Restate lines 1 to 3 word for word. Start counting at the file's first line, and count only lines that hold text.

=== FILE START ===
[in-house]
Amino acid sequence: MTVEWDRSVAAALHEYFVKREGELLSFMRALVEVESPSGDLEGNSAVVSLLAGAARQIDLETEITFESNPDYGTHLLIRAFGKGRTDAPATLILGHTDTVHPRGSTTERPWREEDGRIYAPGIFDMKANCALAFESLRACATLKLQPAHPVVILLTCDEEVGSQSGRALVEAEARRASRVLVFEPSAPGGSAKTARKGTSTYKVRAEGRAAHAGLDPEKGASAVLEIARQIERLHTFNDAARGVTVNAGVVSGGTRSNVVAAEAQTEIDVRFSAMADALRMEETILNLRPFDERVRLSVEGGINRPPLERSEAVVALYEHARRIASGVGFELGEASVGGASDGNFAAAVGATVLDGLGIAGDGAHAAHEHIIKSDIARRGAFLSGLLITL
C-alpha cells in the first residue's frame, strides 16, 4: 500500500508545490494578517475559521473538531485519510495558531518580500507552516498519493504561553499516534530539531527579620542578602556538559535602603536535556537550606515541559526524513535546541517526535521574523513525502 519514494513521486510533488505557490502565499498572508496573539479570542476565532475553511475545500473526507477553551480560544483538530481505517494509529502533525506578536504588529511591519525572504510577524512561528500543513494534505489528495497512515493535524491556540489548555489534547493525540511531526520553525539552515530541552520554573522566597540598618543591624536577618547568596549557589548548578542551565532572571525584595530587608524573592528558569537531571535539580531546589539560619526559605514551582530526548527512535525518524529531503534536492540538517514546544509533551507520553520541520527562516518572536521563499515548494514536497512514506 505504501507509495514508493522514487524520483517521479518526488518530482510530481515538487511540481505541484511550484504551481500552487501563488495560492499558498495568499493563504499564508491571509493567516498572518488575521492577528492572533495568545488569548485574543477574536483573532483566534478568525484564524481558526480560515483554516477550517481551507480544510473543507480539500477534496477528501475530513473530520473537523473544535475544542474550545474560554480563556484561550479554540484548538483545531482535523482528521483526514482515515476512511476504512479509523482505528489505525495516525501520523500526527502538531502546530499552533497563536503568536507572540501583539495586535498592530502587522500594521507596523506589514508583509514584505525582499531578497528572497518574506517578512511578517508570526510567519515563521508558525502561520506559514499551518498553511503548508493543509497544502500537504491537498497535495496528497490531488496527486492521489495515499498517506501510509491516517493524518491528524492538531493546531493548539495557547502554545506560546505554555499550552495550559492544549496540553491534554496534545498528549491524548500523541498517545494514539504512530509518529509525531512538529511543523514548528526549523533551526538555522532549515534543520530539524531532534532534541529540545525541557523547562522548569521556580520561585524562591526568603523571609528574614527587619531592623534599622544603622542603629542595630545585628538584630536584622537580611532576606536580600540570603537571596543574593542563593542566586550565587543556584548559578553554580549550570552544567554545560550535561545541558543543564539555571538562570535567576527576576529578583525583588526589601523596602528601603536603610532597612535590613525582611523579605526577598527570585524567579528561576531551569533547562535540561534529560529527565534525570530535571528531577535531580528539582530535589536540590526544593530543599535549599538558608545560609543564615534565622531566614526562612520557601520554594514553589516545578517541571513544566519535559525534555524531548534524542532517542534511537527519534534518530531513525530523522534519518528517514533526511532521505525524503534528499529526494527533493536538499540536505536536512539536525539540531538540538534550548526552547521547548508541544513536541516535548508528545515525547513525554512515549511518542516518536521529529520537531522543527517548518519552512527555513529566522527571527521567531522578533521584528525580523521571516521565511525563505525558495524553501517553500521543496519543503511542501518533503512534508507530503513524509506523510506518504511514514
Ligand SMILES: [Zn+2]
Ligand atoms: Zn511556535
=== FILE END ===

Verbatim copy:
[in-house]
Amino acid sequence: MTVEWDRSVAAALHEYFVKREGELLSFMRALVEVESPSGDLEGNSAVVSLLAGAARQIDLETEITFESNPDYGTHLLIRAFGKGRTDAPATLILGHTDTVHPRGSTTERPWREEDGRIYAPGIFDMKANCALAFESLRACATLKLQPAHPVVILLTCDEEVGSQSGRALVEAEARRASRVLVFEPSAPGGSAKTARKGTSTYKVRAEGRAAHAGLDPEKGASAVLEIARQIERLHTFNDAARGVTVNAGVVSGGTRSNVVAAEAQTEIDVRFSAMADALRMEETILNLRPFDERVRLSVEGGINRPPLERSEAVVALYEHARRIASGVGFELGEASVGGASDGNFAAAVGATVLDGLGIAGDGAHAAHEHIIKSDIARRGAFLSGLLITL
C-alpha cells in the first residue's frame, strides 16, 4: 500500500508545490494578517475559521473538531485519510495558531518580500507552516498519493504561553499516534530539531527579620542578602556538559535602603536535556537550606515541559526524513535546541517526535521574523513525502 519514494513521486510533488505557490502565499498572508496573539479570542476565532475553511475545500473526507477553551480560544483538530481505517494509529502533525506578536504588529511591519525572504510577524512561528500543513494534505489528495497512515493535524491556540489548555489534547493525540511531526520553525539552515530541552520554573522566597540598618543591624536577618547568596549557589548548578542551565532572571525584595530587608524573592528558569537531571535539580531546589539560619526559605514551582530526548527512535525518524529531503534536492540538517514546544509533551507520553520541520527562516518572536521563499515548494514536497512514506 505504501507509495514508493522514487524520483517521479518526488518530482510530481515538487511540481505541484511550484504551481500552487501563488495560492499558498495568499493563504499564508491571509493567516498572518488575521492577528492572533495568545488569548485574543477574536483573532483566534478568525484564524481558526480560515483554516477550517481551507480544510473543507480539500477534496477528501475530513473530520473537523473544535475544542474550545474560554480563556484561550479554540484548538483545531482535523482528521483526514482515515476512511476504512479509523482505528489505525495516525501520523500526527502538531502546530499552533497563536503568536507572540501583539495586535498592530502587522500594521507596523506589514508583509514584505525582499531578497528572497518574506517578512511578517508570526510567519515563521508558525502561520506559514499551518498553511503548508493543509497544502500537504491537498497535495496528497490531488496527486492521489495515499498517506501510509491516517493524518491528524492538531493546531493548539495557547502554545506560546505554555499550552495550559492544549496540553491534554496534545498528549491524548500523541498517545494514539504512530509518529509525531512538529511543523514548528526549523533551526538555522532549515534543520530539524531532534532534541529540545525541557523547562522548569521556580520561585524562591526568603523571609528574614527587619531592623534599622544603622542603629542595630545585628538584630536584622537580611532576606536580600540570603537571596543574593542563593542566586550565587543556584548559578553554580549550570552544567554545560550535561545541558543543564539555571538562570535567576527576576529578583525583588526589601523596602528601603536603610532597612535590613525582611523579605526577598527570585524567579528561576531551569533547562535540561534529560529527565534525570530535571528531577535531580528539582530535589536540590526544593530543599535549599538558608545560609543564615534565622531566614526562612520557601520554594514553589516545578517541571513544566519535559525534555524531548534524542532517542534511537527519534534518530531513525530523522534519518528517514533526511532521505525524503534528499529526494527533493536538499540536505536536512539536525539540531538540538534550548526552547521547548508541544513536541516535548508528545515525547513525554512515549511518542516518536521529529520537531522543527517548518519552512527555513529566522527571527521567531522578533521584528525580523521571516521565511525563505525558495524553501517553500521543496519543503511542501518533503512534508507530503513524509506523510506518504511514514